Pretty orange dots!
The orange and black stripes were so striking that I couldn't just squish the caterpillars outright (even if they were eating all my parsley). I decided that the first order of business was to get some good pictures; I've posted some of the closeups in my caterpillar photoset on Flickr. My favorite is this one:
You just know what that caterpillar is thinking ...
After a bit of research I determined that these were probably black swallowtail caterpillars (Papilio polyxenes; parsleyworm), though most of the pictures of black swallowtail caterpillars I found online show yellow dots, while these caterpillars have distinctly orange dots.
Since swallowtails are cool butterflies, and I'd need to see the adult to identify the species, I decided to pull the caterpillars off the plants and rear them in a cage, feeding them store-bought parsley (I felt bad for my parsley plants). While searching for all the caterpillars I found one that looked like this:
Note the two orange protuberances.
I got very excited, primarily because the structures looked like they may have been eggs laid by a parasite. I immediately decided that I'd keep this caterpillar in a nearly sealed container and watch it carefully, as I hoped I could observe the parasites develop. Images of various parasites flicked through my head as I anticipated what might arise from those little orange structures.
However, when I touched the caterpillar everything changed: the orange structures grew about five-fold in length as the caterpillar reared its head back and slammed the (now very long) orange things into my fingers. I was shocked; my parasite eggs were clearly under the control of the caterpillar. Here's a shot of the structures extended:
It grew horns!
The horns slowly retracted into the body as I let the caterpillar sit on the branch, but as soon as I touched the caterpillar again (or moved the branch it was on), the caterpillar extended them again; if my fingers were close when the caterpillar was touched, it would try to hit my fingers with the orange structures. I'd never seen anything like it. Here's a comparison of how the caterpillars look with and without the structures:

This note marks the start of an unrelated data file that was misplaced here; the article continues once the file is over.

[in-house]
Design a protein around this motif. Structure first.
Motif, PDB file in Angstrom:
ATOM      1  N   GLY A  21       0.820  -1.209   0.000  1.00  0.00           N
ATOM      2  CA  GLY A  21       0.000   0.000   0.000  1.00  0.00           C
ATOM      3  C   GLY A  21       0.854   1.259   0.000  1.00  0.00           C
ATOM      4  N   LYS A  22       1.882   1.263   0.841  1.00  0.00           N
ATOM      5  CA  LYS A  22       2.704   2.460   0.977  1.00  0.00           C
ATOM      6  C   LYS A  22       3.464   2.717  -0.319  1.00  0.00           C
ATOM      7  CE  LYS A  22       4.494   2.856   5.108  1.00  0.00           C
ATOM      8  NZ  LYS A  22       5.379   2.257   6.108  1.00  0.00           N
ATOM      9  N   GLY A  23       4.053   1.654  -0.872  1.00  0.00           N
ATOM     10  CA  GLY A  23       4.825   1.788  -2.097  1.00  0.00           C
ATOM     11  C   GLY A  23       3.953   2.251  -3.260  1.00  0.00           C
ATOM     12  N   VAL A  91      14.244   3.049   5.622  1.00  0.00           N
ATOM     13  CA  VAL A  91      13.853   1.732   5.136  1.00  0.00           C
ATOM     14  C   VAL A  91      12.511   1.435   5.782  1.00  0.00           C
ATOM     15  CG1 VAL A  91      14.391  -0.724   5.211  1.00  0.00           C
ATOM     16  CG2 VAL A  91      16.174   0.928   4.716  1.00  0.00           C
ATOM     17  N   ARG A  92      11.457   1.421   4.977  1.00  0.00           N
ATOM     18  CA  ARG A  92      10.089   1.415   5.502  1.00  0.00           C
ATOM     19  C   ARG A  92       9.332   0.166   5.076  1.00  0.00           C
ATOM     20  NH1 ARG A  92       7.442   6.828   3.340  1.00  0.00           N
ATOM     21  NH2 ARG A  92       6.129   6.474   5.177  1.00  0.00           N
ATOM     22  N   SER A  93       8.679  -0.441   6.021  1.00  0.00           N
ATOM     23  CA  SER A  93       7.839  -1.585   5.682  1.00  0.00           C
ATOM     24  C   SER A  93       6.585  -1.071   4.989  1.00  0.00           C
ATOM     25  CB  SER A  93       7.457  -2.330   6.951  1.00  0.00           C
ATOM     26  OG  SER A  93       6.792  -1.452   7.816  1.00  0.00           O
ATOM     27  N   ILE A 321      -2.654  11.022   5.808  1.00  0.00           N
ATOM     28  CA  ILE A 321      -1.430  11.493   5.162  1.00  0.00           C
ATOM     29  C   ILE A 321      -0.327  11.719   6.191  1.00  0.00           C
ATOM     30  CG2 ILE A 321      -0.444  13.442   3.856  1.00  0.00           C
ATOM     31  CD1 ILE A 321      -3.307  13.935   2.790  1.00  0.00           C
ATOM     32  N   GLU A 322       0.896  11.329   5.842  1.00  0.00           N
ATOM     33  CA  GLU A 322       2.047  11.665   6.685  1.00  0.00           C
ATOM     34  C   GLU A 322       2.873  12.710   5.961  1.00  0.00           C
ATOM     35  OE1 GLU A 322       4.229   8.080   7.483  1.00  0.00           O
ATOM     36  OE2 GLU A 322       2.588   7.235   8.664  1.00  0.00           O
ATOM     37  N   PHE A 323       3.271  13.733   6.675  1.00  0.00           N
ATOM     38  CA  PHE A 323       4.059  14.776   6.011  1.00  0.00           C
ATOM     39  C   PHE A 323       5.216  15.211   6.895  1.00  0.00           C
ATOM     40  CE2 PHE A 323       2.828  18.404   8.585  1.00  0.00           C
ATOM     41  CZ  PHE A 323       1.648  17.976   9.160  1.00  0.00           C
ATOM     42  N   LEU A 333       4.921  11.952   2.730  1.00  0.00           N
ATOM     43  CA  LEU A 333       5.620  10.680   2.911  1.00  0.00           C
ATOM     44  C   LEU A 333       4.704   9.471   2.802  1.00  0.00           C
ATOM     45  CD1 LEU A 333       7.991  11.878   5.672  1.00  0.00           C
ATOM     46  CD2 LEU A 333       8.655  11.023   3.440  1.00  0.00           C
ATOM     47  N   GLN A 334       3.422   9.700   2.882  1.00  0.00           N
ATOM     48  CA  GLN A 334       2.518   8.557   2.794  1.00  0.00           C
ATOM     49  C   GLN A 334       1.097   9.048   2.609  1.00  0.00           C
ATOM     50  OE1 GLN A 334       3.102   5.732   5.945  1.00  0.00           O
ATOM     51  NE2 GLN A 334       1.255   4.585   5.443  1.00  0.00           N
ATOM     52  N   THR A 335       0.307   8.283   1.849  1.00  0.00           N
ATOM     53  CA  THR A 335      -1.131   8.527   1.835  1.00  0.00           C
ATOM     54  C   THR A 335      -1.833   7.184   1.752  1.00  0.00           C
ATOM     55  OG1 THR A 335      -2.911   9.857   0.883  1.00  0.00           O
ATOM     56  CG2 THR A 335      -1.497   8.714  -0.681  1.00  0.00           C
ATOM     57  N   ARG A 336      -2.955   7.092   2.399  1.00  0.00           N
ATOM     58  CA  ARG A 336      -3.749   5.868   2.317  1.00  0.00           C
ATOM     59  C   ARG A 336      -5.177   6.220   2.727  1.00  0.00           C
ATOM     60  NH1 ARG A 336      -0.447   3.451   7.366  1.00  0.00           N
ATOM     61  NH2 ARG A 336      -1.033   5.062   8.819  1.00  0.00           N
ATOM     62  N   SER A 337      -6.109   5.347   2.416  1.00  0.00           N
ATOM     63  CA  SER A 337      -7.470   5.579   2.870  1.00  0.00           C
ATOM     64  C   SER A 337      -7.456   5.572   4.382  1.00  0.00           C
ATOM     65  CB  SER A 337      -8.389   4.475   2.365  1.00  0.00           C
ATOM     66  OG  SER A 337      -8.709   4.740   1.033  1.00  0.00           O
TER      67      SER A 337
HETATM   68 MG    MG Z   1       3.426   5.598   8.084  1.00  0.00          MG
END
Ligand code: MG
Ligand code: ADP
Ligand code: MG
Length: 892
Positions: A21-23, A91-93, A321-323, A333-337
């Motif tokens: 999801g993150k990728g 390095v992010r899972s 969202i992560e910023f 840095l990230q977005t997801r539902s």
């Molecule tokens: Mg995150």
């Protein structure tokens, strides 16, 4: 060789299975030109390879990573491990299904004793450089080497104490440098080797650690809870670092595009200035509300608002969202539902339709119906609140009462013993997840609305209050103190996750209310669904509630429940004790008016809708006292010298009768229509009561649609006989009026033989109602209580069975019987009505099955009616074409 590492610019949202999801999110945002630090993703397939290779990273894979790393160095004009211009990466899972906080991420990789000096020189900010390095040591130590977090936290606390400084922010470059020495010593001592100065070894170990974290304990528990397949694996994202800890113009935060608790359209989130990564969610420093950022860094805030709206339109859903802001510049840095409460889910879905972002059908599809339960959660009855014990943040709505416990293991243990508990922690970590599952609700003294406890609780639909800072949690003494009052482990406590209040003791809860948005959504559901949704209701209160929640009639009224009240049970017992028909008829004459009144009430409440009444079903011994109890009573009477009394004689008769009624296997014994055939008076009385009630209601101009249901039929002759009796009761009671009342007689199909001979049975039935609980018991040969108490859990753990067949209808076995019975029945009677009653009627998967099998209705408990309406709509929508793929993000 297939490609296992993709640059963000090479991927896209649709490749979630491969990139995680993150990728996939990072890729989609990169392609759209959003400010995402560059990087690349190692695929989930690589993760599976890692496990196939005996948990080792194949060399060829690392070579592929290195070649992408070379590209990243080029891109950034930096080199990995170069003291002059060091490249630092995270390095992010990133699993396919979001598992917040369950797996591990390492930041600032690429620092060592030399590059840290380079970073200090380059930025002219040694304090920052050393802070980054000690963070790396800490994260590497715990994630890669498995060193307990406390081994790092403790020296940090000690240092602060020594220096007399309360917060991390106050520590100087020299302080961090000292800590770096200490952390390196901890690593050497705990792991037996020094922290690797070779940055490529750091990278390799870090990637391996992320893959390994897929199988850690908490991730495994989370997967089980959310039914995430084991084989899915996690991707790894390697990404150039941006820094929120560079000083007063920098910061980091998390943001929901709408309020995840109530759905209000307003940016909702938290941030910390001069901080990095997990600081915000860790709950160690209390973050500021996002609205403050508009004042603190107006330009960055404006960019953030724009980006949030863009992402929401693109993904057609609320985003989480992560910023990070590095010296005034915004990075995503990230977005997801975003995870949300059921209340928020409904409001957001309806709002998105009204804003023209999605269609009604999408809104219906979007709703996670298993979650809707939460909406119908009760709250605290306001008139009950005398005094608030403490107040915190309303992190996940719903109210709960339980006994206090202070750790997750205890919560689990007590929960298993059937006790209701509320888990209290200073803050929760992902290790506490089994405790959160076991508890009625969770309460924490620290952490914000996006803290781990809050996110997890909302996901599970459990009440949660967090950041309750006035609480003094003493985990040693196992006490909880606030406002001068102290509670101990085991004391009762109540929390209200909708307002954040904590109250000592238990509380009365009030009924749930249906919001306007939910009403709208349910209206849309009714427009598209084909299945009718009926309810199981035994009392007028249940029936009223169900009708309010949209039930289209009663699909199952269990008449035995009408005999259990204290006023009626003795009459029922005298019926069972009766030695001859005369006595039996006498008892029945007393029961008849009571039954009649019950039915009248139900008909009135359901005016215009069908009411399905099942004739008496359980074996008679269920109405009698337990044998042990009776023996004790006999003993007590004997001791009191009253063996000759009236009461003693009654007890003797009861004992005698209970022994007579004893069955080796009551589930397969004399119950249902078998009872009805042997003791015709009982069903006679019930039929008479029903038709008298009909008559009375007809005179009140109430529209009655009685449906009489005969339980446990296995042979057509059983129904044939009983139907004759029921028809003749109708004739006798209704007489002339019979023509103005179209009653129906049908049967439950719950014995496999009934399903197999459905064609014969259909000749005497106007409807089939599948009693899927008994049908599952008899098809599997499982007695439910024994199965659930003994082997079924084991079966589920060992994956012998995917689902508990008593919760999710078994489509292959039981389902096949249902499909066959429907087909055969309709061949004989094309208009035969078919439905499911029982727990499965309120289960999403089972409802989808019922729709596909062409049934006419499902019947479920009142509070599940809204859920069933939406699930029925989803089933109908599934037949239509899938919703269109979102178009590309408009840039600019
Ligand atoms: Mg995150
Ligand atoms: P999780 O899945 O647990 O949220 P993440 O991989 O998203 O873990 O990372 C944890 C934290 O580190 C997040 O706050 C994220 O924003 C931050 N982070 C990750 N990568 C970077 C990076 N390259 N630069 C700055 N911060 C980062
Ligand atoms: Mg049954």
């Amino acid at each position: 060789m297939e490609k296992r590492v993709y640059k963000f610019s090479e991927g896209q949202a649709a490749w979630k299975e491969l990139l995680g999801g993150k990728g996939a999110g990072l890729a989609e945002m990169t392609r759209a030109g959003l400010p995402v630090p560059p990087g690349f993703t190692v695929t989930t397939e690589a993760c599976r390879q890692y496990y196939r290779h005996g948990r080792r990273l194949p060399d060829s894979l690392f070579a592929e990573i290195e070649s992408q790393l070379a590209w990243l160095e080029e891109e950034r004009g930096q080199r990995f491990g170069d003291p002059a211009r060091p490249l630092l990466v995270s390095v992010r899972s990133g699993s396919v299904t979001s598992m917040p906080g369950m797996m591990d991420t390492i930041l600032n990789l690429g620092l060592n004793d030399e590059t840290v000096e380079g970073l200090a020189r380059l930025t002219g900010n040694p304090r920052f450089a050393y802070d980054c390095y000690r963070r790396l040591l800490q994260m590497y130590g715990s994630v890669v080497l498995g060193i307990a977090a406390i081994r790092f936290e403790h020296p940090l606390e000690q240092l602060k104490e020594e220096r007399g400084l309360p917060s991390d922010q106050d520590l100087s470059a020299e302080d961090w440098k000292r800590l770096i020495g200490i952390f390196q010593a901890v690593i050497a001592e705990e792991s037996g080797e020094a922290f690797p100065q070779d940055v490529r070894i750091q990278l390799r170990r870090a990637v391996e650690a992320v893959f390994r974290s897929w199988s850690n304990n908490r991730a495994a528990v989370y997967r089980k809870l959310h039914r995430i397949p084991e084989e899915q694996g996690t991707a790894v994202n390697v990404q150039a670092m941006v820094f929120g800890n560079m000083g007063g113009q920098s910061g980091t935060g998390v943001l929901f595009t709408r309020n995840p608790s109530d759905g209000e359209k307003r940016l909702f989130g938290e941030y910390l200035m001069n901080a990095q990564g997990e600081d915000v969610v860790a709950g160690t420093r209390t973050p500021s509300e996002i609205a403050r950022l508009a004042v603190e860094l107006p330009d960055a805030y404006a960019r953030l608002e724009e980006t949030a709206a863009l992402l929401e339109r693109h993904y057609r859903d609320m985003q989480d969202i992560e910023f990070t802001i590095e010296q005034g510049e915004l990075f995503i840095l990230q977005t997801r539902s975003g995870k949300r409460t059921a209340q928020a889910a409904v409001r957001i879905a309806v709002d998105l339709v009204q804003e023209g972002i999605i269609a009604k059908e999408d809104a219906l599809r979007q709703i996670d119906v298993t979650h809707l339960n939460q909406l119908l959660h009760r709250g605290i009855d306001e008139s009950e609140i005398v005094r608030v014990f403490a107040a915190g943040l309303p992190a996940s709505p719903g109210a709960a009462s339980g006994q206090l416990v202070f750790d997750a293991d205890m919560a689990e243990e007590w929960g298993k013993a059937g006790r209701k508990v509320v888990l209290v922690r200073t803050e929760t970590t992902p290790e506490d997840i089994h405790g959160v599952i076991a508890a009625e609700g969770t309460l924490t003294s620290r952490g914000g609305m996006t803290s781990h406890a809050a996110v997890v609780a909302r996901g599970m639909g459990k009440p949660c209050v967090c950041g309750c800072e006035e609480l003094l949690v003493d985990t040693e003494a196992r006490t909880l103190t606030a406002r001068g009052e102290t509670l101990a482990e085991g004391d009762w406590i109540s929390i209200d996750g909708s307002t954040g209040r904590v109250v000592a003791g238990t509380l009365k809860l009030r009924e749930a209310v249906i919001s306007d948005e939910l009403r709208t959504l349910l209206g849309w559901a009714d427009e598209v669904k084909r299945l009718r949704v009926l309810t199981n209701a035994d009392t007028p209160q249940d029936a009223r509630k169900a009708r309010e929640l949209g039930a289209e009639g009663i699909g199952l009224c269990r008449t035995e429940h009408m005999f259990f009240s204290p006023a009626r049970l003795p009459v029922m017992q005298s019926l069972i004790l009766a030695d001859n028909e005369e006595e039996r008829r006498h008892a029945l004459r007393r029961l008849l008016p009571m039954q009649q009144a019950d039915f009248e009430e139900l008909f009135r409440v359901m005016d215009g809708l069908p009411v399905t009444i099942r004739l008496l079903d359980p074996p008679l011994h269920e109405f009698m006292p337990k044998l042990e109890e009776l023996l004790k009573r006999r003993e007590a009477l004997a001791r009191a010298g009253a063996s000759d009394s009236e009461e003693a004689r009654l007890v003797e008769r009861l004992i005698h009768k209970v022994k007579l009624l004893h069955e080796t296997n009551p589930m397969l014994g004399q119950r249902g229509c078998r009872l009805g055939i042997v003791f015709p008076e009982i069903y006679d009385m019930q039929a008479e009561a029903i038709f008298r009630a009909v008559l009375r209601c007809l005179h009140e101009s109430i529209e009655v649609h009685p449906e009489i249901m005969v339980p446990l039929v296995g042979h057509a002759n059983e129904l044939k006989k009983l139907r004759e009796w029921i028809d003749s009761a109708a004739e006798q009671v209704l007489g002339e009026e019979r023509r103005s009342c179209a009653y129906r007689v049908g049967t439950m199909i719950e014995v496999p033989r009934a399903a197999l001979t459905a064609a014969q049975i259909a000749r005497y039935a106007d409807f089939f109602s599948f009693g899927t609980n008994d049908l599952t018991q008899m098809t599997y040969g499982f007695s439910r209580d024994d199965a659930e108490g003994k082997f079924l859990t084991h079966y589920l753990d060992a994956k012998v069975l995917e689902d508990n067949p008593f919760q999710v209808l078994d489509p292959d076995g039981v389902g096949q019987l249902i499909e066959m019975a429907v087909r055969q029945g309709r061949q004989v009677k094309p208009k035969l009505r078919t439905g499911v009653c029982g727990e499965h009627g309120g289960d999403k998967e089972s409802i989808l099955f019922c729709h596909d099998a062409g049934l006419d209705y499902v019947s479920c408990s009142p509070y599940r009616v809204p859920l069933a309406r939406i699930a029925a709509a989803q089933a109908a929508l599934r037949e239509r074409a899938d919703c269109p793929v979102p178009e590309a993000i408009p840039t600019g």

Left: a caterpillar without the structures visible. Right: a caterpillar with the structures mostly retracted (this caterpillar is also wet). It appears that the structures emerge from a point near the junction of the head and thorax. (Note that these are two different caterpillars)
I noticed a very odd (and rather bad) smell coming from the plants after the caterpillars had extended their orange structures, which gave a clue to their function: they appear to be part of a scent organ (briefly described here), which is more technically known as an osmeterium (Bland and Jaques 1978). The structure is apparently common to all swallowtail butterfly larvae (family Papilionidae). Not surprisingly, osmeteria are cited as being used for defense, though I have no idea how they actually function; I'm now very curious.
As a side note, I somewhat confirmed that osmeteria are a scent organ this morning when I accidentally dropped the cage containing all six caterpillars; every caterpillar immediately extended its osmeterium, and boy did it stink.
Bland, R. G., and H. E. Jaques. 1978. How to Know the Insects: 3rd edition. McGraw-Hill, Boston, MA.